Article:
Everything comes to a head in the final act. Hamlet comes to terms with his fate, his mortality, and the mission the ghost of his father laid out for him—“Readiness is all.” Ophelia drowns, and after Hamlet disrupts her funeral (just before this is the “Alas, poor Yorick” scene, where Hamlet holds up the skull of the court jester from his childhood—the image of Hamlet holding up and debating with a skull is the most famous image of the character), a duel with poison-tipped foils is staged between Hamlet and Laertes, and at the duel, Claudius’ hidden secrets are revealed. However, as is the case with Shakespearean tragedy, everybody dies. Only Hamlet’s close friend Horatio survives as Fortinbras claims Elsinore for Norway.

The story has been adapted to film over fifty times since the turn of the twentieth century. The adaptations range from the traditional, to the epic (Kenneth Branagh’s 1996 film was entirely uncut—a rarity for a Shakespeare film adaptation—and ran over four hours), to the international (Gamlet, a 1964 Russian production that Branagh and fellow Shakespeare expert John Gielgud consider the best filmed Hamlet ever), the modern (the 2000 Hamlet with Ethan Hawke set is set in the boardroom of the “Denmark Corporation”) and to the bizarre (Rick Moranis and Dave Thomas’ 1983 ode-to-all-things-Canadian comedy Strange Brew is set at Elsinore Brewery—got it, hoser?). The play has also been recontextualized as an existential comedy by Tom Stoppard. His play, Rosencrantz and Guildenstern Are Dead, was also made into a 1990 film starring Tim Roth, Gary Oldman, and Richard Dreyfuss. (Stoppard also drastically shortened the play, staging The Fifteen Minute Hamlet, with an encore that further truncates the text.) The most popular—in terms of box-office grosses—filmic adaptation of Hamlet is the 1994 Disney animated musical The Lion King. The play has also inspired operas, music, songs, albums, fiction, poetry and episodes of television shows. Currently, FX Network’s motorcycle gang drama Sons of Anarchy is yet another outside-of-the-box Hamlet adaptation. So the most central question in a film adaptation of Shakespeare is how well his play is adapted to the medium of film. The film really is the thing.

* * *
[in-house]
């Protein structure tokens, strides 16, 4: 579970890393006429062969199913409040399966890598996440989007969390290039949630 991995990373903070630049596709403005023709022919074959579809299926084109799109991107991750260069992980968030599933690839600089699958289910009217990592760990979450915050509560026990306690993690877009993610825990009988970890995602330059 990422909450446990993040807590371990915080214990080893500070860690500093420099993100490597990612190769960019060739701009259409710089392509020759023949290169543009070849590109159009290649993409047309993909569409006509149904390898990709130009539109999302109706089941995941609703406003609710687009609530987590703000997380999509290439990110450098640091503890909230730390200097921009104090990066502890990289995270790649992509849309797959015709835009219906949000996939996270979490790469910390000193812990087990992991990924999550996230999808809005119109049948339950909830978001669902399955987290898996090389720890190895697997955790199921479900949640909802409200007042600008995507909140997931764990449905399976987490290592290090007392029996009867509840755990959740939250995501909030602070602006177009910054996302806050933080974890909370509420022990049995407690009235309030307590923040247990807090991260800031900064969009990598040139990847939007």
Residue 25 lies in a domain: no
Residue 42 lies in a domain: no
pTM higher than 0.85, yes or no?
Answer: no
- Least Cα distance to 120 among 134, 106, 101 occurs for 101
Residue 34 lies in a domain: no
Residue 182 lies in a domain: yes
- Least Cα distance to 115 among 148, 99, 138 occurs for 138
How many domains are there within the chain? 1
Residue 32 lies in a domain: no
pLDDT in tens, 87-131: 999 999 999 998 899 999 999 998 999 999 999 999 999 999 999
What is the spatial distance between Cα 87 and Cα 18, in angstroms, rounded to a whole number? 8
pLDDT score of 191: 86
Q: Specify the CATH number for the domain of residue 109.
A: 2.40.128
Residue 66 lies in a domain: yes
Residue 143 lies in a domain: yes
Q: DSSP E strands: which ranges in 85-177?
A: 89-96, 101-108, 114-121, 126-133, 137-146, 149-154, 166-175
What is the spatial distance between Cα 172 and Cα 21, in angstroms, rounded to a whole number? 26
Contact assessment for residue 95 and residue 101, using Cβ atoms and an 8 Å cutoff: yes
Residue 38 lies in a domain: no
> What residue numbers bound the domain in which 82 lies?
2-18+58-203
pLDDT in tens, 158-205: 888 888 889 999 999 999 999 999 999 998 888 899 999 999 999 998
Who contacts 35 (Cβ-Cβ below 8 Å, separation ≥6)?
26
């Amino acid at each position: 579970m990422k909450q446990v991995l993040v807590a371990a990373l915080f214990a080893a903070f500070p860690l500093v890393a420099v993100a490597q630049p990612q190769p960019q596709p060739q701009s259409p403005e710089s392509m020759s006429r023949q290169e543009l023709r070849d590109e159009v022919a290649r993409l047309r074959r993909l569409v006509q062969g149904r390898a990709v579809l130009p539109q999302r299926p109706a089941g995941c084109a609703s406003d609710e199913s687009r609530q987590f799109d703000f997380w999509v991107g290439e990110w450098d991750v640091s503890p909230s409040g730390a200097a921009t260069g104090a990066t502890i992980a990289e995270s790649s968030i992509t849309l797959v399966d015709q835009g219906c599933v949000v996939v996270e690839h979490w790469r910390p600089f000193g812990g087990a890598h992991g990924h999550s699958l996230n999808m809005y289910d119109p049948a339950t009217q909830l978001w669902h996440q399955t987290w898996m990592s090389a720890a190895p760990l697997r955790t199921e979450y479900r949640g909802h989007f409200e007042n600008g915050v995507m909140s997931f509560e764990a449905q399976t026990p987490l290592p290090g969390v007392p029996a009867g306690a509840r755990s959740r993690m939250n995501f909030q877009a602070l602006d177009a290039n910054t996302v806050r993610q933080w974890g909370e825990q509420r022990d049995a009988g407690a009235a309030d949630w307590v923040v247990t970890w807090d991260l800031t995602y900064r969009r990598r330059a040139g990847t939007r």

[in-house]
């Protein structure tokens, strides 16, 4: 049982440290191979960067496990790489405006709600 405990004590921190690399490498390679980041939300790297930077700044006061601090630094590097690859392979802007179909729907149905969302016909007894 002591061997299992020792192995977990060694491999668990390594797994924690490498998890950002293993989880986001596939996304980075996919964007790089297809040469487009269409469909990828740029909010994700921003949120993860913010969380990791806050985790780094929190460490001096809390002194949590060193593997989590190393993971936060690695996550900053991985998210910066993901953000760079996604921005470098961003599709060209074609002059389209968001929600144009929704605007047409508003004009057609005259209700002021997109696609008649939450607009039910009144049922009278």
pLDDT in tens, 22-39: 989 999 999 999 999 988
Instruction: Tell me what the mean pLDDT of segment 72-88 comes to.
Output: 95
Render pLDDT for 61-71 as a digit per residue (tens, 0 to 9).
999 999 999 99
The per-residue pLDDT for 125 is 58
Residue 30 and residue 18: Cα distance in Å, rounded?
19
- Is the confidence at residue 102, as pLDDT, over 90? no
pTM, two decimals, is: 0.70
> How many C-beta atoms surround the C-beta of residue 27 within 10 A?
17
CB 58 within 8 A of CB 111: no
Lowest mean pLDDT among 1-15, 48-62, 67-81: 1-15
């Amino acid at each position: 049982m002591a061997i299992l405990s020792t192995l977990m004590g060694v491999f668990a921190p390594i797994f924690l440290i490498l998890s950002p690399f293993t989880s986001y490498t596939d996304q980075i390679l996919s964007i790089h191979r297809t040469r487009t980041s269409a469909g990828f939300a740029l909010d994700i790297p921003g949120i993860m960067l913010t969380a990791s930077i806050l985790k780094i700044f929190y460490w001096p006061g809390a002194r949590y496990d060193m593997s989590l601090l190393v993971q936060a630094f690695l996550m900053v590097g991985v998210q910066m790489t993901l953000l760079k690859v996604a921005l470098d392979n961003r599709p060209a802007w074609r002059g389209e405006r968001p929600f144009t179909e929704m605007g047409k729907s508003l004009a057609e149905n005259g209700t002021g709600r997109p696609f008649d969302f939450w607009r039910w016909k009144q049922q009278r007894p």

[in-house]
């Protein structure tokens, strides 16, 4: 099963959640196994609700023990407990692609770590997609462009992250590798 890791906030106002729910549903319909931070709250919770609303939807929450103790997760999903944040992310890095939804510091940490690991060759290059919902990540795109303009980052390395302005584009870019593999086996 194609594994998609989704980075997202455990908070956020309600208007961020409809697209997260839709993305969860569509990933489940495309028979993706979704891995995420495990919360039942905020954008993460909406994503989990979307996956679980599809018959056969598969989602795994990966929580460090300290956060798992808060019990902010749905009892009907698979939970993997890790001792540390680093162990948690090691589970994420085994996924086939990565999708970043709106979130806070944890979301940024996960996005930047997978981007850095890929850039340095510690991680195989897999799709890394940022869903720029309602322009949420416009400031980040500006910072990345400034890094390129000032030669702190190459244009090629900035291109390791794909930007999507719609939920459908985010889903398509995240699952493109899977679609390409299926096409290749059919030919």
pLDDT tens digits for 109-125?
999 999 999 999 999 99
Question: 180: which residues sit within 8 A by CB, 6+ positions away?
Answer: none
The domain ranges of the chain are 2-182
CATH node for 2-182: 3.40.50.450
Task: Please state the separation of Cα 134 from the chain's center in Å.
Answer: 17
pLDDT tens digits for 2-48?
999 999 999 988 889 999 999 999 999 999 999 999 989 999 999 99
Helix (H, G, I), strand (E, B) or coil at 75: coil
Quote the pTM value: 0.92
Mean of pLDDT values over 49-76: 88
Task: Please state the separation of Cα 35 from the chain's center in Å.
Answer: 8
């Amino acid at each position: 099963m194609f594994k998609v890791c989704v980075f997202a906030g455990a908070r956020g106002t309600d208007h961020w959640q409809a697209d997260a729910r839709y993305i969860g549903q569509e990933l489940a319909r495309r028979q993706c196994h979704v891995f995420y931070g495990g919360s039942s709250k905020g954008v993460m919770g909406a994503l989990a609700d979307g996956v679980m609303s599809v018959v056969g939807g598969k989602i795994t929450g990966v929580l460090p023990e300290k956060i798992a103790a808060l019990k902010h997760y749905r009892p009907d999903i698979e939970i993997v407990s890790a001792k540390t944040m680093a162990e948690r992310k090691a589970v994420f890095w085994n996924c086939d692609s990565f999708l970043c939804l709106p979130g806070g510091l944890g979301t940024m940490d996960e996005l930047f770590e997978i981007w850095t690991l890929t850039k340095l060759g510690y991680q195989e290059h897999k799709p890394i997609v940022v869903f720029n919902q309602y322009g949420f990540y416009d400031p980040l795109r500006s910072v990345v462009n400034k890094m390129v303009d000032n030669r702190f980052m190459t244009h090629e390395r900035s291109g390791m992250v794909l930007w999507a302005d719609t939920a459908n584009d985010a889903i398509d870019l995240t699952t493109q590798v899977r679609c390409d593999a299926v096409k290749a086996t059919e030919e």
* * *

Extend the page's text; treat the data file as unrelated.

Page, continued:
Director/star Laurence Olivier’s version of the film has made very lasting impressions on how Hamlet has been interpreted on screen. His credentials for bringing Shakespeare to screen were firmly established four years earlier, delivering a very well regarded and Oscar-nominated Henry V. With the tone of that play being patriotic, Olivier was instructed by Winston Churchill to make Henry V a piece of morale boosting propaganda for British soldiers during WWII. Unsurprisingly, with Hamlet being a post-war picture, the film favors the psychological aspects of the play over the political aspects. In fact, Olivier is heavily indebted to film noir in bringing his adaptation to life.